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Techno-Economic Evaluation and Optimization of Flexible Geothermal Power (2021-2025)

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Investigator: Mohammad (Jabs) Aljubran

Intermittent renewables (e.g., solar and wind) are characterized with diminishing effective load carrying capabilities, and cannot solely drive a reliable net-zero energy portfolio. Consequently, geothermal operators have been exploring flexible generation to supply dispatchable power. There is limited literature that investigated how dispatchable geothermal power can be achieved through steam vent-off , wellhead throttling, turbine bypass, storage, etc. However, these methods involve various technical and economic challenges. This research investigates the techno-economic viability of flexible geothermal power generation. Specifically, the goal is to:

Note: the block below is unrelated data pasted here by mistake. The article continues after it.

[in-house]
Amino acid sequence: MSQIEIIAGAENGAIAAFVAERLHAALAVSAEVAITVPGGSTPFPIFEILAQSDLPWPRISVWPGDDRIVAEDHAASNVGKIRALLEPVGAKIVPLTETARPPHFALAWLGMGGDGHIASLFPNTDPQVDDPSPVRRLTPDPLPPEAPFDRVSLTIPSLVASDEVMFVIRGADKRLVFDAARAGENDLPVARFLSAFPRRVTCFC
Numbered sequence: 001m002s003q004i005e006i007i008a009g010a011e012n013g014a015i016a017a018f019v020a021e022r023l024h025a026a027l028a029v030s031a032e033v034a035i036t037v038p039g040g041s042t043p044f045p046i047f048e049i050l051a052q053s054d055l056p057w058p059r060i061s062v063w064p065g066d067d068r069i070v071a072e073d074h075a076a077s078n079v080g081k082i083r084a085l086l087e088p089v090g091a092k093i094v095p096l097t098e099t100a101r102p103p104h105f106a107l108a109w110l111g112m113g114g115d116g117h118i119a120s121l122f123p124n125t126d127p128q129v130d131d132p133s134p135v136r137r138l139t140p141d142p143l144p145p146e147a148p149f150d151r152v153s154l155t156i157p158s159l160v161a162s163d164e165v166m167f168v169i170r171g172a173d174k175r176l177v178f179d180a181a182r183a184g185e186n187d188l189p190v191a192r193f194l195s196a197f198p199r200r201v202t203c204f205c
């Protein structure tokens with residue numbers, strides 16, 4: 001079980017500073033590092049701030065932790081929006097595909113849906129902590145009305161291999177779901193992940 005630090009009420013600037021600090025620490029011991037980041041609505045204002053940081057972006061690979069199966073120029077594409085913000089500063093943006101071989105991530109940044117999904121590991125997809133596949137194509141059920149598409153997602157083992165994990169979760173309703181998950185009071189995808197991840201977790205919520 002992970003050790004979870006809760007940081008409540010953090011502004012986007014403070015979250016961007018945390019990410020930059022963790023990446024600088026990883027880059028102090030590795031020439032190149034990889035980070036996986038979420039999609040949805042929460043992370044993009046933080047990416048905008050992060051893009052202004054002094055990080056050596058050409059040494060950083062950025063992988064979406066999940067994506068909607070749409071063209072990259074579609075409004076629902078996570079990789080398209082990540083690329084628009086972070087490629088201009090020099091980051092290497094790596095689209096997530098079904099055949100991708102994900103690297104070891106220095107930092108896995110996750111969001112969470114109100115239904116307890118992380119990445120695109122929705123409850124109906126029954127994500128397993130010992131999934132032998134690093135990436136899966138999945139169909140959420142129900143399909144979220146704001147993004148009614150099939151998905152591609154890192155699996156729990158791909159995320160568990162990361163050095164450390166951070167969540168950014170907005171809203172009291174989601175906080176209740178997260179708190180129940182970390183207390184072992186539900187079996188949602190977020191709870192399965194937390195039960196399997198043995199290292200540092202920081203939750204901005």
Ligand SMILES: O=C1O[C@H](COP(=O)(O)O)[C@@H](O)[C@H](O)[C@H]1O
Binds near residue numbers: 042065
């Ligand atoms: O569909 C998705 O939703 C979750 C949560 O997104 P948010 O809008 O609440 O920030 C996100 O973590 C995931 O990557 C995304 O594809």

1. Investigate integrated systems for flexible geothermal power dispatch. Such systems may consist of one or multiple approaches (e.g., installing surface storage tanks, throttling wells, bypassing turbines, etc.) towards optimal flexible generation.
  2. Conduct deterministic optimization based on historical data to allocate the optimal dispatch geothermal resources for various system designs. This allows for establishing baseline comparisons across these potential systems versus other industry standard solutions.
  3. Develop stochastic sequential optimization models using the reinformcement learning framework to enable online decision-making under uncertainty and provide practical algorithmic means for achieving optimal dispatch in practice.